Just as the iPhone defined a new device category, leading to competing smartphones, so nylon inspired similar synthetic fibers. After reading Carothers’ results, British chemists Rex Whinfield and James Dickson developed the fiber we know today as polyester, using the “less familiar and long neglected” terephthalic acid as an ingredient. They correctly hypothesized that its greater molecular symmetry would produce better results than Carothers’ polyester experiments.
Synthetic fibers fostered a fundamental shift in fashion expectations that continues to this day. “More than looks,” writes business historian Regina Lee Blaszczyk, “the characteristic that I call ‘high performance’ distinguished the panoply of postwar products from their early-20th-century predecessors… Curtains that could be drip dried, uniforms that never needed ironing, and sweaters that could be washed without shrinking reduced domestic burdens.” Comfort and convenience became paramount, and casual styles followed.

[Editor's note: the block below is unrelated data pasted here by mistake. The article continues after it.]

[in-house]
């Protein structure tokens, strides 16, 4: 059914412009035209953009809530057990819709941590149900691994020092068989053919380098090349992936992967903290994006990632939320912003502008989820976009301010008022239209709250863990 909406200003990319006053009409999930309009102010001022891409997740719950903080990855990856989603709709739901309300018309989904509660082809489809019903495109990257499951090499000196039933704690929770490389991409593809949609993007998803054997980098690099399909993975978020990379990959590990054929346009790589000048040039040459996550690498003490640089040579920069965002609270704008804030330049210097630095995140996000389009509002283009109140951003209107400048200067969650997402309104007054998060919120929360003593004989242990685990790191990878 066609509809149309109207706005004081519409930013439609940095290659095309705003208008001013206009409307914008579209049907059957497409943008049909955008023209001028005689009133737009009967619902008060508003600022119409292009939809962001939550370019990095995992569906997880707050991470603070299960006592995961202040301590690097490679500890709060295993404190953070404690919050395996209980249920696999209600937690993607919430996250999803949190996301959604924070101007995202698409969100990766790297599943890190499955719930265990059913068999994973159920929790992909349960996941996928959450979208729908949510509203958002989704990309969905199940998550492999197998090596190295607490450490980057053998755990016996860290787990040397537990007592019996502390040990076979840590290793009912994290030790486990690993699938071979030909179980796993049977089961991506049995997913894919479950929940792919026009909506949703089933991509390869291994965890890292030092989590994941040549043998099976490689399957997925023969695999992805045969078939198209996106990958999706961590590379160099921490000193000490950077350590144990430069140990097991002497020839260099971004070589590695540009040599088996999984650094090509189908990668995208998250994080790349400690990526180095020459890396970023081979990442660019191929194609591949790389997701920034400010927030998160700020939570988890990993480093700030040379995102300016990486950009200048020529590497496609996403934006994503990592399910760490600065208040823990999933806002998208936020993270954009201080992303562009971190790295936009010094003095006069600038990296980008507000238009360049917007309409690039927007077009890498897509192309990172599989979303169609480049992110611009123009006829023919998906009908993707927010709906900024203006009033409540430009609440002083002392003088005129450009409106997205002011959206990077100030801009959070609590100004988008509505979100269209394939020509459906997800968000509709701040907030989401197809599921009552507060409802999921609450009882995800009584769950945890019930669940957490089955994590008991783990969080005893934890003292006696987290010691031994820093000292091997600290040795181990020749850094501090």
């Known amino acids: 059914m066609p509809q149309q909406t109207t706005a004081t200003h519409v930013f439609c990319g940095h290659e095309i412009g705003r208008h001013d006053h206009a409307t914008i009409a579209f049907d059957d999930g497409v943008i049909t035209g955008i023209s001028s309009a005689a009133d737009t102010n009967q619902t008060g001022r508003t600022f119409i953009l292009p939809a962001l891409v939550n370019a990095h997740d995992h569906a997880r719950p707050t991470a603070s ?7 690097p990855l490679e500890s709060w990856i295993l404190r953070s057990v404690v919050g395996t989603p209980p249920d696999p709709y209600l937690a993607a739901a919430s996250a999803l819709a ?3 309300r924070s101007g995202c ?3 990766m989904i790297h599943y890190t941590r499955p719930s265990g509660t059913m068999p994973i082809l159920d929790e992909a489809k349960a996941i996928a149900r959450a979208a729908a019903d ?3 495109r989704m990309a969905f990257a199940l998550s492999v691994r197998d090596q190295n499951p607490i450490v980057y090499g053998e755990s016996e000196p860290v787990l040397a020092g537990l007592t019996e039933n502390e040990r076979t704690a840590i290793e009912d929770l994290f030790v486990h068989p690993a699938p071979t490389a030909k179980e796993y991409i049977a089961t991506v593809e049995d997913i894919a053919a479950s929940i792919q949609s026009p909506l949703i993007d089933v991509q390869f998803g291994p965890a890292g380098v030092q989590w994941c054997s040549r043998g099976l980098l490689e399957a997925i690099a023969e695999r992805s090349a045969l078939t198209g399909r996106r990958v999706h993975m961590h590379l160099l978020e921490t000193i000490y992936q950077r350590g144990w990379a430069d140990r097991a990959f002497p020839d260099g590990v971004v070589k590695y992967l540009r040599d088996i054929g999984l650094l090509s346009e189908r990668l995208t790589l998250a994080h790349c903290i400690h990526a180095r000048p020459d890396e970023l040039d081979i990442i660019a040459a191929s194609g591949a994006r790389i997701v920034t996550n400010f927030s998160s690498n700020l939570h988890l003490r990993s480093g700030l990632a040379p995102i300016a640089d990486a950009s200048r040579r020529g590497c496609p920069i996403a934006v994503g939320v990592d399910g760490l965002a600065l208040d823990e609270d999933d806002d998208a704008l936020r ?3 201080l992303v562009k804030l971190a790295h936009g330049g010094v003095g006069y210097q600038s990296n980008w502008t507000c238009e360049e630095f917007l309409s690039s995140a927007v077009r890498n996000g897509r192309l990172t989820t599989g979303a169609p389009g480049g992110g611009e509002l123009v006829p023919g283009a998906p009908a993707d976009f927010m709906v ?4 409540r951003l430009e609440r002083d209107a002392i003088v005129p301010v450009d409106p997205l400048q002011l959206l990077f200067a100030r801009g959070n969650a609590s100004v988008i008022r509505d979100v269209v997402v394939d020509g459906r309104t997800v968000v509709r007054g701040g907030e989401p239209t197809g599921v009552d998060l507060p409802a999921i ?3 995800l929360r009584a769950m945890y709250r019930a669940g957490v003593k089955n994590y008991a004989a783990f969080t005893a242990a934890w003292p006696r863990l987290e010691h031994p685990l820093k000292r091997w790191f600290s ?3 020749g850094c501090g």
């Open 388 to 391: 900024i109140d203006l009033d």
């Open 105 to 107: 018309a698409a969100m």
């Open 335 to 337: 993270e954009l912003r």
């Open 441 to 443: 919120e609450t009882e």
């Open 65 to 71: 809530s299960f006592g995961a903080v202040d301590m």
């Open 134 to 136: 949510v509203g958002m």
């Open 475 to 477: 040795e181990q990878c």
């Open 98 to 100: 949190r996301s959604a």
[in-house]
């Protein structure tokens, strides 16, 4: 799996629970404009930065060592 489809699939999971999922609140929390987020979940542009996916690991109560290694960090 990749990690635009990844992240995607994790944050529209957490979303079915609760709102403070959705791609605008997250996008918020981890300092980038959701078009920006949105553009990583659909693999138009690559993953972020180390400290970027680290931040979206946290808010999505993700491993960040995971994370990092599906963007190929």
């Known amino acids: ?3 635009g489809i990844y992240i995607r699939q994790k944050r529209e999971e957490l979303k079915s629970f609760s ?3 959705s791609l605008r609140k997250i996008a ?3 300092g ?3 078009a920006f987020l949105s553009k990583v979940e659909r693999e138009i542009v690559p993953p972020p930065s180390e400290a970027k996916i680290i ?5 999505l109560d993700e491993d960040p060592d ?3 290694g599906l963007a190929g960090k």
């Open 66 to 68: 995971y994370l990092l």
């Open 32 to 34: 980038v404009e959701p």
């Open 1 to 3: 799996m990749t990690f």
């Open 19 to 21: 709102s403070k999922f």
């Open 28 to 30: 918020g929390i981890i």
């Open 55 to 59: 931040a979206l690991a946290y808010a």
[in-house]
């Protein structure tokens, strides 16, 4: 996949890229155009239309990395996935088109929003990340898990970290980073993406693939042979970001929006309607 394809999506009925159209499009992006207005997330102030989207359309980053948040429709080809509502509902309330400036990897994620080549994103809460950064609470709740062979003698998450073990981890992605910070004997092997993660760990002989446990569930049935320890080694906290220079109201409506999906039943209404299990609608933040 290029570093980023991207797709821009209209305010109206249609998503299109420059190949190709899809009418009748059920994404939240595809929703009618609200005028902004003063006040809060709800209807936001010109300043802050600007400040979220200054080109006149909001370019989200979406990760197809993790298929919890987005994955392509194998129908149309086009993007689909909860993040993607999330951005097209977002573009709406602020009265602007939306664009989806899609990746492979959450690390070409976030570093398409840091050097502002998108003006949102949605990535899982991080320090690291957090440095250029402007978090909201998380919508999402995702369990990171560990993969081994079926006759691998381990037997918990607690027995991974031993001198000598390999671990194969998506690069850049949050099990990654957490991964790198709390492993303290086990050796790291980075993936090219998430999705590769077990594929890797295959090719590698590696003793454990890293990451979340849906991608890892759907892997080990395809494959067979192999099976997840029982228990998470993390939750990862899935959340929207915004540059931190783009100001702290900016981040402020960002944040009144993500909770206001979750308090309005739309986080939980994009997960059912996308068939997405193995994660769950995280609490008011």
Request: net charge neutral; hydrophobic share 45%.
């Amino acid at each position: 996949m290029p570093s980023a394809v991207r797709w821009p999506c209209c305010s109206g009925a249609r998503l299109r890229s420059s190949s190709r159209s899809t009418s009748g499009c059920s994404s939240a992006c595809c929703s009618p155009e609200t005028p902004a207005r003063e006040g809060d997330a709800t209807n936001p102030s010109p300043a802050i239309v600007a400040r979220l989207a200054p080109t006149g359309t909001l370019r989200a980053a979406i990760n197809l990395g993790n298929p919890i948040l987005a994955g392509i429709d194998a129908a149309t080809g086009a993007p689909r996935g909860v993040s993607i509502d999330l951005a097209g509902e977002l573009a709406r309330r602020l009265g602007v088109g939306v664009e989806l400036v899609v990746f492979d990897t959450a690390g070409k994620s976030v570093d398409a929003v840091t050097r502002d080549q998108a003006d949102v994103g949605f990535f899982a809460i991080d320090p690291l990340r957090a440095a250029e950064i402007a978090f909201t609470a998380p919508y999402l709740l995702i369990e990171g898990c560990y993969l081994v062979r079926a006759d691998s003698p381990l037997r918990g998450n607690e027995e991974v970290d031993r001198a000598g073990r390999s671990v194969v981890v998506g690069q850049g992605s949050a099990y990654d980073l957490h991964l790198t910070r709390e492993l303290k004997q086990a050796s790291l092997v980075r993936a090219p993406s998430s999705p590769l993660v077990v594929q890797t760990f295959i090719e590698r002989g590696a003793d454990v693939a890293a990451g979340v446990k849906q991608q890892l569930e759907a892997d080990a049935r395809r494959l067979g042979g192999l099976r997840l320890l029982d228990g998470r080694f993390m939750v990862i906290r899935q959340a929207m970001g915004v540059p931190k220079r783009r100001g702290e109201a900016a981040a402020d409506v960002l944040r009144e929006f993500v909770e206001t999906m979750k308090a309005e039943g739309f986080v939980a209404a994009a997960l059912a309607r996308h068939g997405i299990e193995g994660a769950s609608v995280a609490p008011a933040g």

Nylons quickly became a synonym for women’s hose, including the pantyhose that supplanted garters and girdles in the era of miniskirts and women’s liberation — the latter made possible in part by synthetics that made keeping house a less than full-time job. Eventually, nylons, too, went out of style, supplanted by bare legs or, in colder temperatures, polyester-spandex tights and leggings. Today’s young woman is more likely to wear nylon in her sneakers or backpack than on her legs.
DuPont coined the generic term nylon but didn’t trademark it, reserving proper names for specific uses, such as the Exton toothbrush bristles that were the first nylon on the market, beating stockings by a full year. More even than stockings, those plastic bristles illustrate a technological truth that the iPhone’s makers are facing.
A thrilling new technology, if successful, is soon completely taken for granted. Incremental improvements will continue, but the excitement will dim. When was the last time you appreciated your toothbrush bristles for not absorbing water?